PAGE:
But Hitt, a Charleston native who worked at the BMW plant in Spartanburg as its corporate affairs manager before being tapped by Gov. Nikki Haley to lead the Commerce Department, often casts BMW’s greatest impact on South Carolina in non-monetary terms. BMW created an identity for South Carolina that didn’t exist before, he said.
“To my mind, it changed the way we thought about ourselves, that we could play on an international stage,” said Hitt, who drives a BMW. “I don’t know of a company that has had a profounder impact in South Carolina. I’m not sure of any company that’s ever had an effect on the psychology of the state that BMW did. It was a major change.”
Economics are prolific
It was Campbell, who served as governor until 1995 and died 10 years later, who set the stage for that shift. He saw a critical need in the state, said former Republican Gov. David Beasley, who succeeded Campbell for a term from 1995 to 1999.
“South Carolina’s economy was in a very serious state of transition,” said Beasley, now a Darlington businessman.
While the U.S. economy was growing strong, “South Carolina’s was on the brink of disaster,” he said. Its textile-based manufacturing economy was reeling, Beasley recalled, even as the state was under further threat from a severe round of U.S. military cuts in the form of base closings.
“BMW has been and still is extremely vital to South Carolina’s economic well-being,” Beasley said. For the company to make a significant economic announcement in the Palmetto State at this time of continued global economic turmoil, Beasley said, indicates that BMW, recognized for its commitment to excellence, feels that South Carolina has a seat at that table, too.
The economics of a powerhouse manufacturer such as BMW are prolific, though, and even more so in a largely rural economy like South Carolina’s.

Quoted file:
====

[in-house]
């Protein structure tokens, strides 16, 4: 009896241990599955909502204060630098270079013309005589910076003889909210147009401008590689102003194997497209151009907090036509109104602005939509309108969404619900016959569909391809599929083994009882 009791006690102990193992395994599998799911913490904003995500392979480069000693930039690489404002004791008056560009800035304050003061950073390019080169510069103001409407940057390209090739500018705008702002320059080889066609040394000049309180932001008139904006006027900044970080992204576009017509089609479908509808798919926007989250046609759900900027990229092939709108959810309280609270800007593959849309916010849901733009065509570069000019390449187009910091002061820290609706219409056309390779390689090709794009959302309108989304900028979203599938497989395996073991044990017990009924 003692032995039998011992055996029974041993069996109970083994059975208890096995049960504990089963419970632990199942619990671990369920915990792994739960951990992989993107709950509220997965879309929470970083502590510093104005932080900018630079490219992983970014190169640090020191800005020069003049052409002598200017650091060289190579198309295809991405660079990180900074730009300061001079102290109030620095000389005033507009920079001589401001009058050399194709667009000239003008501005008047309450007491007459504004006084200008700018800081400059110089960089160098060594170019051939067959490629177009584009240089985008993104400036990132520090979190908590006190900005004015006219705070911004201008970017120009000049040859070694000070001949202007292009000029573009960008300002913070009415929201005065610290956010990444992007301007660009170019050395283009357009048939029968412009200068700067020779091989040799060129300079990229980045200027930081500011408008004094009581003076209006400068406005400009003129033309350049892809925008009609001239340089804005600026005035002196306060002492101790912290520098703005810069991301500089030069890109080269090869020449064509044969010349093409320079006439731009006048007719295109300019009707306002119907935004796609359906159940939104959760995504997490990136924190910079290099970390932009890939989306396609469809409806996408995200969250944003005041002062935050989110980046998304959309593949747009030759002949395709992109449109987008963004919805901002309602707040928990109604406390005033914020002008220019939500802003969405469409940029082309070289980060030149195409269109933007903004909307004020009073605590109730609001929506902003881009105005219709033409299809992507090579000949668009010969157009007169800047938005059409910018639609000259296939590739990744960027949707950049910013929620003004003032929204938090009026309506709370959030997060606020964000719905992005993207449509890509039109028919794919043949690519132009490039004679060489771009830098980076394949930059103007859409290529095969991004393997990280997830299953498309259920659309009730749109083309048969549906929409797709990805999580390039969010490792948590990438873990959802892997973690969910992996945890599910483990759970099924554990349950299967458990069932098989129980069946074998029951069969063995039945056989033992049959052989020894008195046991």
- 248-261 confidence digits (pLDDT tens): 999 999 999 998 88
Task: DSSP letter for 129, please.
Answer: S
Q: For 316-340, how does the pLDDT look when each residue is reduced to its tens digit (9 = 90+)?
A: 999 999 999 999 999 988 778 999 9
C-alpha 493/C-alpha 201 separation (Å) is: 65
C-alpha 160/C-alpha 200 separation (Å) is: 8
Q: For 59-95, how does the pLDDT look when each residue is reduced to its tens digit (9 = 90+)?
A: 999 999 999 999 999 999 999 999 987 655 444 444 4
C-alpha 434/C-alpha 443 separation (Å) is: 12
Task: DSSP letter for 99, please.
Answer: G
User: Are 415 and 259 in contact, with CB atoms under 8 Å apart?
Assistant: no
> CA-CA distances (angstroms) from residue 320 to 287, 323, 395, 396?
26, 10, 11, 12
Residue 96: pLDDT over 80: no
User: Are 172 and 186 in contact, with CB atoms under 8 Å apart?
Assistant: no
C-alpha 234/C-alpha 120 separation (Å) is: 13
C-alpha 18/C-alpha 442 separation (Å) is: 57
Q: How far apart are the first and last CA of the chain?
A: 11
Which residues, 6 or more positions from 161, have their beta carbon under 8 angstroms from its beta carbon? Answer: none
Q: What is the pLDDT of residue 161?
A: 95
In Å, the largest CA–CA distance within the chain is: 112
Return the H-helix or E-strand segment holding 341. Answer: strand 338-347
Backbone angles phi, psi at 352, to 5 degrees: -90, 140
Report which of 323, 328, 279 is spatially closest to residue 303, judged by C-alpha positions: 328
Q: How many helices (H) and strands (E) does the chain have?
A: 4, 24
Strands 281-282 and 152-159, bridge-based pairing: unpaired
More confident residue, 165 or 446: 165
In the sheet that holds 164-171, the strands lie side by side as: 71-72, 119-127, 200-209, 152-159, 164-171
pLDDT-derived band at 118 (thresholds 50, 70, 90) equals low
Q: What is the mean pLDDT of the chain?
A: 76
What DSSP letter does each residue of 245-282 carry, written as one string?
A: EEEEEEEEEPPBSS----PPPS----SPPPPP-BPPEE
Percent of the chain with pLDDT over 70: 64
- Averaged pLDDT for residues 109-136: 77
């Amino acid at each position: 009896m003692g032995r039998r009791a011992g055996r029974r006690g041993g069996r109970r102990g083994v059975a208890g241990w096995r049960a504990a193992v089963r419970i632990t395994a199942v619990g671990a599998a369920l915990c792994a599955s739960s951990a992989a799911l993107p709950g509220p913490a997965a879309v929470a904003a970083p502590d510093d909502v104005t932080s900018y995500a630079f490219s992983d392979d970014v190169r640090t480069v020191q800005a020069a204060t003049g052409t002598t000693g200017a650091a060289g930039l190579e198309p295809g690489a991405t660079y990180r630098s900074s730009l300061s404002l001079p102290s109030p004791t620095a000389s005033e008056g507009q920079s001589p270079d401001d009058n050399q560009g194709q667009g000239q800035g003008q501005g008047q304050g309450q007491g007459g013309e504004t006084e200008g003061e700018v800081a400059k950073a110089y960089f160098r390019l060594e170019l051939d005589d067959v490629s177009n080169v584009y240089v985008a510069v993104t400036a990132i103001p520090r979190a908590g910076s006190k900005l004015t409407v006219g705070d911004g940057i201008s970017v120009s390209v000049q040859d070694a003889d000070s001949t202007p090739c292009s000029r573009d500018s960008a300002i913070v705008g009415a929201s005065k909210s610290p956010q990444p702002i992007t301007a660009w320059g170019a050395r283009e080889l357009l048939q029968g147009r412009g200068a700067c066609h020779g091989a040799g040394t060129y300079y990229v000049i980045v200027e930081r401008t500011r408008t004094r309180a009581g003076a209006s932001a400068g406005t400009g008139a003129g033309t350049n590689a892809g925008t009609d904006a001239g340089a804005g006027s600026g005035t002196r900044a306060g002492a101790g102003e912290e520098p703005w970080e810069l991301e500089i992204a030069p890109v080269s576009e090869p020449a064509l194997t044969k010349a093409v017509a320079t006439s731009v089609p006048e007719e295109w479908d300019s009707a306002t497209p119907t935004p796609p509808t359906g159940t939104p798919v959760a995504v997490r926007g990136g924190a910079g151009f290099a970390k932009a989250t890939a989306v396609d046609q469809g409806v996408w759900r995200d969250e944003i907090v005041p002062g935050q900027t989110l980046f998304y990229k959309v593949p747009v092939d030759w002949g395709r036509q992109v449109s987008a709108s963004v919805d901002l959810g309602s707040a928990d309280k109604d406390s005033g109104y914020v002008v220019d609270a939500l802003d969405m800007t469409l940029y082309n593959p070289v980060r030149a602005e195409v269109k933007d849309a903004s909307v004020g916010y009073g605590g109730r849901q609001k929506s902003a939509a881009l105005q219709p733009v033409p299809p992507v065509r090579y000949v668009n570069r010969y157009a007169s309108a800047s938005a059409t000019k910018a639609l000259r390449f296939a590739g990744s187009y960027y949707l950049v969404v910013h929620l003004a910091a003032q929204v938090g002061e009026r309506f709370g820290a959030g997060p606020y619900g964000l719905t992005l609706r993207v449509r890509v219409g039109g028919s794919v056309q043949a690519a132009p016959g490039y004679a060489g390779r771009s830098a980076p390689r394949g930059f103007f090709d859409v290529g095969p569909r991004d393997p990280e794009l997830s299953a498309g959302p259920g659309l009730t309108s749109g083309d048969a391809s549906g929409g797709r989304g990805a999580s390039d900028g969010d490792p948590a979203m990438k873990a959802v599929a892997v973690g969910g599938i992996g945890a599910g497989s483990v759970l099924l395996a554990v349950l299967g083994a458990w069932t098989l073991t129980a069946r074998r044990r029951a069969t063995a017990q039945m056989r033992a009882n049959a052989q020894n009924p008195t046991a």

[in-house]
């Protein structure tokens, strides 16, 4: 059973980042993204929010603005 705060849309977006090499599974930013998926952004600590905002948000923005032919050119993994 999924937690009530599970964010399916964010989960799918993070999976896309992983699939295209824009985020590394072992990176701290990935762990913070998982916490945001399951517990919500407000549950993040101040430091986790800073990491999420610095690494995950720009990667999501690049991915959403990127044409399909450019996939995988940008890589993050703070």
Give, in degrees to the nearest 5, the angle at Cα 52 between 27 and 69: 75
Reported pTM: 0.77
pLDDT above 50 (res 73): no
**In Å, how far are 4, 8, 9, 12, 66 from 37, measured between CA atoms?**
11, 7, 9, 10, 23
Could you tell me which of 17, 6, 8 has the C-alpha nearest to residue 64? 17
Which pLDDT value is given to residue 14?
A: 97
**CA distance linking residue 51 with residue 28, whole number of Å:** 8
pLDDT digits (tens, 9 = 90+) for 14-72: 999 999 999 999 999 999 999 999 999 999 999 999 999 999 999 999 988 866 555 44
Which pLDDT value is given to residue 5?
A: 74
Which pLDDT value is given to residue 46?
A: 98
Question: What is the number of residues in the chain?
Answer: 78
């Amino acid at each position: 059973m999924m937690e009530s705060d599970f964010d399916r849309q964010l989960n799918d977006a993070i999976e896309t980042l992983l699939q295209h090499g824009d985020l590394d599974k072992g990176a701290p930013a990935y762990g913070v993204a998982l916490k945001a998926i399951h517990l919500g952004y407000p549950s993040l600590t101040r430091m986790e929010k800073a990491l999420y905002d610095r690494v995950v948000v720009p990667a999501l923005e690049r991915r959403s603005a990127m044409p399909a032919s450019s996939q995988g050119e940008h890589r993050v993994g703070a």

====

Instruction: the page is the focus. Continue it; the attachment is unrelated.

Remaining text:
“Their wages and fringe benefits produce a tidal wave of spending that lifts the incomes of approximately three more workers for each BMW worker employed,” said Bruce Yandle, a Clemson University economics professor emeritus.
Then one has to consider the second- and third-tier suppliers who produce components used in the assembly of the BMW vehicles, Yandle said. Forty of the company’s suppliers are located in South Carolina, employing more than 20,000 people.
“Spread across the region, these employers add a sizable ripple effect that supplements BMW’s direct impact,” Yandle said.
Finally, Yandle said, there is the not-so-insignificant value of branding. “BMW is known throughout the world for producing ‘the ultimate driving machine,’” Yandle said, “with unstinting attention paid to quality and performance.
“Their reputation has now been affixed to South Carolina’s brand. Industrialists worldwide know that South Carolina workers, suppliers, and supporting government agencies have passed the BMW test.”
South Carolina Department of Commerce Secretary Bobby Hitt sat down with The State to talk about BMW’s impact:
BMW’s major SC expansions